By nature, any epidemic is a containable and reversible shock. However, in the case of the current coronavirus spread it remains unclear how the virus can be contained and when the peak will come. The centre of the pandemic has now shifted from the East to the West and it appears to be affecting more countries in the Northern Hemisphere. China and South Korea seem to have controlled the spread of the virus and this appears to be more generally the case in Asia, where countries in most cases were better prepared to face epidemic diseases as they have experienced them in the recent past.
Europe is now moving towards a shutdown and for the first time is introducing border restrictions to contain the virus spreading (in a sort of Nationalist revamp). The US is also starting to face the crisis. The next couple of weeks will be key to assess if the containment measures are working in Europe, especially in Italy, which at the moment is facing the most critical situation having been the first Western country to face the pandemic. However, this will not necessarily mean a return to normality, but some partial relaxation of the most extreme measures, which could at least alleviate the pressure on some sectors of the economy. And then there will be a second round test as it is still unknown if the outbreak might run the second wave. Research to find a vaccine and a medical treatment for the virus is advancing and this could be the real game changer to potentially lift market sentiment, but medical advances in that direction are limited at the time of writing.


The dormant volatility finally woke up, hitting new records in a speed that had never been experienced before.

Brutal market reaction: credit market is under watch

We have seen in recent weeks extreme levels of volatility in equity markets, similar to those experienced during the 2008 great financial crisis (GFC), even more in some cases.


The mantra now seems a sort of “whatever we hope (will work)”, which is not fully reassuring for financial markets, despite the huge measures put in place.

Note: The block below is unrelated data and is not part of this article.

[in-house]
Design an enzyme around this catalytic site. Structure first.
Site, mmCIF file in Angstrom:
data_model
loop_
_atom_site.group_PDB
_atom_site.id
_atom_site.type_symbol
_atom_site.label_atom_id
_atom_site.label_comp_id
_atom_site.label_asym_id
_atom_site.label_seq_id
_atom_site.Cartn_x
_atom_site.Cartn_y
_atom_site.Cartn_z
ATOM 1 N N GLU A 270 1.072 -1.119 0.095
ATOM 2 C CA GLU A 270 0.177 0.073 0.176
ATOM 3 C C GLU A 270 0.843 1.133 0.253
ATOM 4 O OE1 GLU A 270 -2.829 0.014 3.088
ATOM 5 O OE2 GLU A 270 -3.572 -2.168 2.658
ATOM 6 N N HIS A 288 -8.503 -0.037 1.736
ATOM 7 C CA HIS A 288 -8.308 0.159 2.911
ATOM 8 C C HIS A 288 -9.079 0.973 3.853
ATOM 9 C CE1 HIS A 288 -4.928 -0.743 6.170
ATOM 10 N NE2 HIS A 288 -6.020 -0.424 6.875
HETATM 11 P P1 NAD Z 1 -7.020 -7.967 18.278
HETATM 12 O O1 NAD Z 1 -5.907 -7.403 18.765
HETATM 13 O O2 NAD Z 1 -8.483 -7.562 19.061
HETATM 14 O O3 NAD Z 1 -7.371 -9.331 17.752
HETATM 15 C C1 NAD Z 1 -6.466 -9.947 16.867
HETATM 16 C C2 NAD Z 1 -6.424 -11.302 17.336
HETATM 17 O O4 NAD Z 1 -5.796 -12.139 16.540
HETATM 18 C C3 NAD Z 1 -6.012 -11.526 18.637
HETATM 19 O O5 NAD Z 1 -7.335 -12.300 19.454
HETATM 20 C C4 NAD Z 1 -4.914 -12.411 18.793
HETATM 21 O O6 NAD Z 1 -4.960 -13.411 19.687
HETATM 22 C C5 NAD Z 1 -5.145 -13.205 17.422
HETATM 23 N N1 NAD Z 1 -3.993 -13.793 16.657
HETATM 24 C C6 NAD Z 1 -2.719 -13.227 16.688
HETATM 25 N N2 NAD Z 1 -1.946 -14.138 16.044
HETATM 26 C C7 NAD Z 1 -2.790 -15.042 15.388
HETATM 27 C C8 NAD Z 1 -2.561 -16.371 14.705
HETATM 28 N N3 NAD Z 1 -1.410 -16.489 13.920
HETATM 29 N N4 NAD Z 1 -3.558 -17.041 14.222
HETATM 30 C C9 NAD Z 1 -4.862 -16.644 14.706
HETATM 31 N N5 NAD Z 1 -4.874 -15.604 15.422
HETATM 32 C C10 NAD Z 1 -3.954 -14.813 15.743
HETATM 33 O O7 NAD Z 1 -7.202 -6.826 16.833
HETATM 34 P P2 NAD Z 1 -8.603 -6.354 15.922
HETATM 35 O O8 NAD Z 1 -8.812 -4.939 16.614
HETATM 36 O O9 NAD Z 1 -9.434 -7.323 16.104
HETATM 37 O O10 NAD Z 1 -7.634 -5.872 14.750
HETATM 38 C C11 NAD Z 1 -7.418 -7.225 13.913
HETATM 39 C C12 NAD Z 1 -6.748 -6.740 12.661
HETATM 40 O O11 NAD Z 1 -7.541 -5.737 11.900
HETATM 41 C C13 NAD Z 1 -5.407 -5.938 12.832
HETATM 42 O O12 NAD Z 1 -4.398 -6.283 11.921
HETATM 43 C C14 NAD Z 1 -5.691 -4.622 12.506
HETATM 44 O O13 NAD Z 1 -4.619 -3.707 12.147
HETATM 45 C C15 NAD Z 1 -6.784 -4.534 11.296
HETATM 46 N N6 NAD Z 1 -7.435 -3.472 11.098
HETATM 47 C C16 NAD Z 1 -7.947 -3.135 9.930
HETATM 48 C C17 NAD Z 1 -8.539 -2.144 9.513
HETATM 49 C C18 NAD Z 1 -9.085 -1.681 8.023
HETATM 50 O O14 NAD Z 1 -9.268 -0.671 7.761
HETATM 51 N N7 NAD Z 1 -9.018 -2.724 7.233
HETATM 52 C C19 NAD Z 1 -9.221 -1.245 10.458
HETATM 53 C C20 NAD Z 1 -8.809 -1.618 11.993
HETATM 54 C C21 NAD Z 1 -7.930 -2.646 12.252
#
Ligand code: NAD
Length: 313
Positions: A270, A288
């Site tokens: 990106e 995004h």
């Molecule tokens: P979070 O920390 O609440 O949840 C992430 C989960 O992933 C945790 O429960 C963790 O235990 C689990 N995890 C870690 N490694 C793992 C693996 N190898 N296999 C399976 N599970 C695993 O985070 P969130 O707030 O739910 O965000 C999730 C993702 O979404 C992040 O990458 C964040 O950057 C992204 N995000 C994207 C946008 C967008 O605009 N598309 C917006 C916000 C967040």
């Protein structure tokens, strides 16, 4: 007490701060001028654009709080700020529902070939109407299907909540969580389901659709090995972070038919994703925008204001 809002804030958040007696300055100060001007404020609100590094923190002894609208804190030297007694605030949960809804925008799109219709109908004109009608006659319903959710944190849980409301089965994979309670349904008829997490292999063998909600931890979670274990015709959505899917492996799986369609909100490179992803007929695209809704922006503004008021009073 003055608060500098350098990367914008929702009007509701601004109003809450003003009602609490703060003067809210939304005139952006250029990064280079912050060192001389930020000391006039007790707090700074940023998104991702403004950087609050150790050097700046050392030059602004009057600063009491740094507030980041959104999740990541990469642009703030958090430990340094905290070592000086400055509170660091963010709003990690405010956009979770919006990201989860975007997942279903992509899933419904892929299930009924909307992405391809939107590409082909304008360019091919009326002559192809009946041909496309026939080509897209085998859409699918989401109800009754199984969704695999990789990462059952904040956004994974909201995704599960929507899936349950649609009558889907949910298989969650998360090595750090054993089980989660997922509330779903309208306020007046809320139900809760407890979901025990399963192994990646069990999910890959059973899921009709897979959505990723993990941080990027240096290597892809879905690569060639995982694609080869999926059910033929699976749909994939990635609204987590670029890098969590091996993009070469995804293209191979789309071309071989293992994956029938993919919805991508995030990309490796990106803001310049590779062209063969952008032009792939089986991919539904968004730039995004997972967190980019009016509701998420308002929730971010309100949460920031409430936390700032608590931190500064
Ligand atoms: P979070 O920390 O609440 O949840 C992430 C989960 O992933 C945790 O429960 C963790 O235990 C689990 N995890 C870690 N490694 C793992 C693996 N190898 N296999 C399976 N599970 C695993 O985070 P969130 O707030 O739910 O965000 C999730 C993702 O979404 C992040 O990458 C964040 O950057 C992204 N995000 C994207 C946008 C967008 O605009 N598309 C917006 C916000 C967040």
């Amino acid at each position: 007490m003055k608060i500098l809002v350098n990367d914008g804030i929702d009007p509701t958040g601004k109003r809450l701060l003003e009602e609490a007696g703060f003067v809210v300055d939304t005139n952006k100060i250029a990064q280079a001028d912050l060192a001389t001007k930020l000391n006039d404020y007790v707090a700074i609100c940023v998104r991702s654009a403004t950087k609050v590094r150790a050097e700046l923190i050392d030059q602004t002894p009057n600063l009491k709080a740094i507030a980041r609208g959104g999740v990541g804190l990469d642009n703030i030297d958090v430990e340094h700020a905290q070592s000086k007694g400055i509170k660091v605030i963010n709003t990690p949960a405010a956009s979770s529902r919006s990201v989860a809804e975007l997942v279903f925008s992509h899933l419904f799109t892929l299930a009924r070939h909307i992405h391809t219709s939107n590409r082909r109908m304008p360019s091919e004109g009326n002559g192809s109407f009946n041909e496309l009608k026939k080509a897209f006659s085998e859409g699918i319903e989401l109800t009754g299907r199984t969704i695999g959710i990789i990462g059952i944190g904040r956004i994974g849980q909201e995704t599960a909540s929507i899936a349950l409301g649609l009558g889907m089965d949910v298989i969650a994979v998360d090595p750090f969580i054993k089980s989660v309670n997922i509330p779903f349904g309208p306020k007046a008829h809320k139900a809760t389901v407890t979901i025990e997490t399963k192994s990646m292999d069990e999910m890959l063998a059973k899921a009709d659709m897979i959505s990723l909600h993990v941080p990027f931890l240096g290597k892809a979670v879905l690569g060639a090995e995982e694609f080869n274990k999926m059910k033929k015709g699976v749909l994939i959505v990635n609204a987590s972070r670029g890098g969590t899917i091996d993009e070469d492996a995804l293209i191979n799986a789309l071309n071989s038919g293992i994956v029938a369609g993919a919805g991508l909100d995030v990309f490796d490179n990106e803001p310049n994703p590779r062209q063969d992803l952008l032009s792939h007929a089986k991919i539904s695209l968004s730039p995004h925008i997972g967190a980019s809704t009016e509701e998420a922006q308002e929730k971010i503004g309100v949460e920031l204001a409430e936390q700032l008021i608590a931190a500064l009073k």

Credit markets are the area to monitor, as an extreme deterioration of financial conditions could lead to a spiral of defaults, further harming the potential economic recovery in the future.

The dormant volatility finally woke up and risk parity funds and automatic selling strategies led to a volatility spike. Investors sold off equity, the most liquid asset class, setting in motion an extremely fast downward move. Yet this is not a financial crisis but an economic crisis. After the GFC the banking system is now more solid and policymakers are embracing a “whatever it takes” approach to avoid this also turning into a financial crisis. The path may not be straightforward, and markets may have the feeling that this is more of a“whatever we hope (will work)”situation and therefore not feel reassured.

Credit is the area to monitor the most, to assess the potential spill-over of the crisis into a financial crisis, with possibly more profound implications. Spreads in credit markets have also widened significantly, but they remain at much more compressed levels in comparison with the extremes of the credit crunch of 2008 for the time being.


While it is true that financial conditions have dramatically tightened (and this is what central banks are fighting at the moment), we do not see right now the extreme market conditions in credit markets that occurred during the 2008 crisis, when a financial crisis was the trigger of a profound global economic recession. This is key, as any liquidity and credit crunch could result in a rapid increase in the number of defaults, leading to a rise in unemployment and a further negative economic impact.

Policymakers will do whatever it takes to avoid a U-shaped recovery becoming an L-shaped prolonged contraction.

New frontiers for policymakers

We believe that the high uncertainty and the high level of volatility will continue for some time. This is a time when it is too late to sell and too early to buy. Markets will remain volatile in search of a catalyst to trigger the bottom (a clear signal of containment in Europe at a time of coordinated fiscal and monetary push, or the discovery of a medical treatment).

Policymakers will act to prevent the bottom being too profound and will try to avoid the expected U-shaped recovery (with an extended contraction phase) transforming into an L-shaped downturn. To do that, it is critical to avert a spiralling of the crisis from the real economy into a financial crisis and back into the real economy, as this could be profound and very prolonged.